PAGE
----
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Full-Text Articles in Law

Technology Convergence And Federalism: The Case Of Voip Regulation, Daniel A. Lyons Jan 2012

Technology Convergence And Federalism: The Case Of Voip Regulation, Daniel A. Lyons

University of Michigan Journal of Law Reform Caveat

The Vermont Supreme Court may soon consider whether federal law permits the Public Service Board to regulate certain voice-over-internet-protocol (VoIP) services. Across the Hudson, Governor Andrew Cuomo recently sought to bar the New York Public Service Commission from adopting similar regulations. And these states are not alone: from Maine to Florida, several states are considering whether their jurisdiction over traditional telephone service encompasses this new technology, through which nearly one-third of American landline households receive telephone service. If so, nationwide VoIP providers could face up to fifty new legal regimes with which they must comply before offering service. If not ...


Chopping Down The Rainforest: Finding A Solution To The "Amazon Problem", Eric Andrew Felleman Jan 2012

Chopping Down The Rainforest: Finding A Solution To The "Amazon Problem", Eric Andrew Felleman

University of Michigan Journal of Law Reform Caveat

Current economic conditions in the United States have led to a dramatic decrease in state tax revenue. Without these funds, states will be unable to support important public services, and hundreds of thousands of jobs in the public and private sectors are at risk of being cut, as states work to close $103 billion in budget gaps. Accomplishing that will involve overcoming many hurdles, such as the unpopularity of raising taxes during times of economic trouble, but one largely untapped source could provide a significant amount of income to states. States currently lose around $23 billion annually in uncollected use ...


"Like" Your President: A Case For Online Voting, Jeremy Garson Jan 2012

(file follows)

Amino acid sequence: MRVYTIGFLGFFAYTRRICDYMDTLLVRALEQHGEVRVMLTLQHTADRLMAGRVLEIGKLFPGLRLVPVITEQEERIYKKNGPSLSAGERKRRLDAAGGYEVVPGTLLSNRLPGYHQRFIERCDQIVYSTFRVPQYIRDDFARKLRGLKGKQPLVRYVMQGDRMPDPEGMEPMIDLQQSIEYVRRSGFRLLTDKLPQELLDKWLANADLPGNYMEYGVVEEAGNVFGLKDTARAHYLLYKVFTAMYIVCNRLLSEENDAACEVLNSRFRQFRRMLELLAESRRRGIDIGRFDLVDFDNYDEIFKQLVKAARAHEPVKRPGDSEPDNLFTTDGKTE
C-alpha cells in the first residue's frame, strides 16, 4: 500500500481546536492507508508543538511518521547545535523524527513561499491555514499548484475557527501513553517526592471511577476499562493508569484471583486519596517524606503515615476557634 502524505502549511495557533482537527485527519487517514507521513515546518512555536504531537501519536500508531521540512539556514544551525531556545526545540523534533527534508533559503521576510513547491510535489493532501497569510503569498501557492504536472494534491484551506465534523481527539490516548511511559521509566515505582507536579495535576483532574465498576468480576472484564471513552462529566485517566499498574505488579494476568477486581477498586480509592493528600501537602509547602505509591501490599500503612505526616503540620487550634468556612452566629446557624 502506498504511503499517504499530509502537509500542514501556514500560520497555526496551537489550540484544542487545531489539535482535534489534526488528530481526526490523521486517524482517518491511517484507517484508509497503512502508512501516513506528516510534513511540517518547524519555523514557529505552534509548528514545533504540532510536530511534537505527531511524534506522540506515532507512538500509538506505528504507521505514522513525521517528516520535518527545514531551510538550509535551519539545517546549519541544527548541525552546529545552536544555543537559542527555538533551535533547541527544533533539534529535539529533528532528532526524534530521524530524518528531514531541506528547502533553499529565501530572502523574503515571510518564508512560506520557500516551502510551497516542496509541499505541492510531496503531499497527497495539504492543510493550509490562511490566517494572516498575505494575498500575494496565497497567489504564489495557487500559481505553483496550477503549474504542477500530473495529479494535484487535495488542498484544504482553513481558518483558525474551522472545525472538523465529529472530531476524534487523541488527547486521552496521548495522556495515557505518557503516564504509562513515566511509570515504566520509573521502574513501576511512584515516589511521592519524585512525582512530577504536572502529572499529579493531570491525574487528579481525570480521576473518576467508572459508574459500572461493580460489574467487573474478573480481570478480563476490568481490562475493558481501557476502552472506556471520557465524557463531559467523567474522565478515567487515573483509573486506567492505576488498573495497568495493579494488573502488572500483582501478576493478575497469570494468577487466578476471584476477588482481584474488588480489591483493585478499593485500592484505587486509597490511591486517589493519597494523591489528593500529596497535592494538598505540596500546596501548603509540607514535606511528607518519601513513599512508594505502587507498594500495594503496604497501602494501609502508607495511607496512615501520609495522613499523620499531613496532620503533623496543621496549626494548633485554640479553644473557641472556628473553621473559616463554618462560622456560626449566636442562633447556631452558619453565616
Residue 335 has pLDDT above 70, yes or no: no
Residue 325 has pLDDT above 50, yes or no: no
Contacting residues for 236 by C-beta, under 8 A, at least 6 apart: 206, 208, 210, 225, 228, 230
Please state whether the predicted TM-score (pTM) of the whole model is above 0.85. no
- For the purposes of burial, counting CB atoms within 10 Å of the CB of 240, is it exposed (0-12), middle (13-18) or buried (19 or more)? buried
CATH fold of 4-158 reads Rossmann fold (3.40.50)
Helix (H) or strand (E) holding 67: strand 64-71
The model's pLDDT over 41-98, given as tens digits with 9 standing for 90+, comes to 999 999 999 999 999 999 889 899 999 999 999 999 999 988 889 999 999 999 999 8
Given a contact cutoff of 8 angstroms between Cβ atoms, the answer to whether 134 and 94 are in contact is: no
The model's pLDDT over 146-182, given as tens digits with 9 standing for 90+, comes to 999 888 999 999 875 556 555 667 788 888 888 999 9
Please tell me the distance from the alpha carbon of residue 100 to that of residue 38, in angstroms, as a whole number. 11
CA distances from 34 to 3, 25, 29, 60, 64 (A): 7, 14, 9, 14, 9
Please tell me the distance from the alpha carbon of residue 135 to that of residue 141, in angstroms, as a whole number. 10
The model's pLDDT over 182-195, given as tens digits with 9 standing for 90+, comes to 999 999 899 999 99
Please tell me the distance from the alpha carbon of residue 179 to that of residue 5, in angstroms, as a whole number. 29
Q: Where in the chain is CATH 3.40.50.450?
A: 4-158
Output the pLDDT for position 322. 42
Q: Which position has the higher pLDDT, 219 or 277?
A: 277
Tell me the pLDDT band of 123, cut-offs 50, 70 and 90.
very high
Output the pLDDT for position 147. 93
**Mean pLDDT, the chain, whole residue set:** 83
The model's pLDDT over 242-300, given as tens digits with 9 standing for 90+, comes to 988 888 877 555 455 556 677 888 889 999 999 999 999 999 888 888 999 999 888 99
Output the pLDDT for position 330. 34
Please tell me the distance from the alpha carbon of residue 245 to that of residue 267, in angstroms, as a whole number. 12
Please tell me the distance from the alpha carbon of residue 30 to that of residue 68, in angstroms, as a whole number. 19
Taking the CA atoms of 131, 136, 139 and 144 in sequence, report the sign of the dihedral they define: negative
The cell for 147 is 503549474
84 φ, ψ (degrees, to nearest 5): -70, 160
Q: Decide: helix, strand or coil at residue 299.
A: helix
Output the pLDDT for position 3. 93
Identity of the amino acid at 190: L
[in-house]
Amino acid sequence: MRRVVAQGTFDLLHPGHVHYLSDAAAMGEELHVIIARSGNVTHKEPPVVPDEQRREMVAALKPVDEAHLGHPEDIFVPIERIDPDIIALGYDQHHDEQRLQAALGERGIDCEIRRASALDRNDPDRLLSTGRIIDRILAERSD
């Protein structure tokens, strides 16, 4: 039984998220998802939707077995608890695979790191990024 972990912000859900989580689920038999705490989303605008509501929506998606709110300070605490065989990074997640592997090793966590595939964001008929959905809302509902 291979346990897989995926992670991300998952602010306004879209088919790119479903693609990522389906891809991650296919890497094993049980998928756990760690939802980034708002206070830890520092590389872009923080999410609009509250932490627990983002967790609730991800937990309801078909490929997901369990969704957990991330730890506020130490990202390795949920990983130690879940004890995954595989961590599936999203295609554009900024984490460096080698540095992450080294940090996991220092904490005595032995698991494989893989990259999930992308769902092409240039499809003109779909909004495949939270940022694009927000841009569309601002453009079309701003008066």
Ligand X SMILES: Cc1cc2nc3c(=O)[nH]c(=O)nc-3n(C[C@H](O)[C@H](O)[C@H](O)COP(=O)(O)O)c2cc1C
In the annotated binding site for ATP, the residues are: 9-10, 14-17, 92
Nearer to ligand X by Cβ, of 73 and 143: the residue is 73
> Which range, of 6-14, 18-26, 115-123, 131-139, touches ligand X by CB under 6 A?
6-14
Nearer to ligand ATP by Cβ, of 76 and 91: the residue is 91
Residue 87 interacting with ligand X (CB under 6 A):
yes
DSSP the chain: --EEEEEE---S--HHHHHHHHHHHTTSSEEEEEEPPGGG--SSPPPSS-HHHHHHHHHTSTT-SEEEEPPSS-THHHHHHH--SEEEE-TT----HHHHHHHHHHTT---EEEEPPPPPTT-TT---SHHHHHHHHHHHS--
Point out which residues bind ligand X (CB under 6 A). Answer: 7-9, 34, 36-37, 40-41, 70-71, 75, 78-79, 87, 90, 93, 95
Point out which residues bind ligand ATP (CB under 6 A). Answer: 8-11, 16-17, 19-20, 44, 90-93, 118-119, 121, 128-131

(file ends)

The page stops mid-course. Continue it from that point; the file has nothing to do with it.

"Like" Your President: A Case For Online Voting, Jeremy Garson

University of Michigan Journal of Law Reform Caveat

In the wake of Hurricane Sandy, New Jersey allowed displaced residents to vote in the 2012 elections by email. The option to vote online has been available to military members stationed overseas since 2009. New Jersey’s decision to open online voting to civilians raises the question of why this shift didn’t take place sooner. Assuming New Jersey’s system holds up under post-election scrutiny, why not utilize it to the fullest extent possible? Online voter registration is already permitted by eleven states, including the liberal, infrastructure-rich, population-heavy California and the conservative, sparsely populated Alaska. Extending the registration system ...


Network Neutrality: Verizon V. Fcc, Anna S. Han Jan 2012

Network Neutrality: Verizon V. Fcc, Anna S. Han

University of Michigan Journal of Law Reform Caveat

The Federal Communications Commission (“FCC”) is once again locking horns with the broadband behemoth, Verizon, over the issue of network neutrality. Although this conflict between the government and corporate giants is far from new, recent events have forced courts to give it close scrutiny. Given the explosive pace at which technology has expanded and permeated citizens’ daily lives, the judgments rendered have greater significance now than ever before.


The Need To Prevent Employers From Accessing Private Social Network Profiles, Brett Novick Jan 2012

The Need To Prevent Employers From Accessing Private Social Network Profiles, Brett Novick

University of Michigan Journal of Law Reform Caveat

In March 2012, social network privacy became a conversation topic after news reports of the story of Justin Bassett, a job applicant who withdrew his application in the middle of an interview when the interviewer asked him for the username and password of his private Facebook account. Although the issue has received much attention from the public and media, the Department of Justice (DOJ) has stated that it has no interest in prosecuting employers for asking for social networking account information. Fortunately, legislation that would make it illegal for employers to ask for the username and passwords for social networking ...


Argh, Matey! The Faux-Pas Of The Sopa (Stop Online Piracy Act), Anna S. Han Jan 2012

Argh, Matey! The Faux-Pas Of The Sopa (Stop Online Piracy Act), Anna S. Han

University of Michigan Journal of Law Reform Caveat

Earlier, I posted about a network neutrality case, Verizon v. FCC, which could have far-reaching consequences for the Internet industry. Another concerted attempt to regulate the Internet, disguised in the form of a piracy protection bill, recently came before the House Judiciary Committee and garnered widespread disapproval. Representative Lamar Smith (R-TX) and a bipartisan group of twelve co-sponsors introduced the “Stop Online Piracy Act” (“SOPA”) on October 26, 2011, which punishes websites that are accused of facilitating copyright infringement. Although touted by its supporters as a weapon against foreign sites that steal and sell American inventions, SOPA is problematic because ...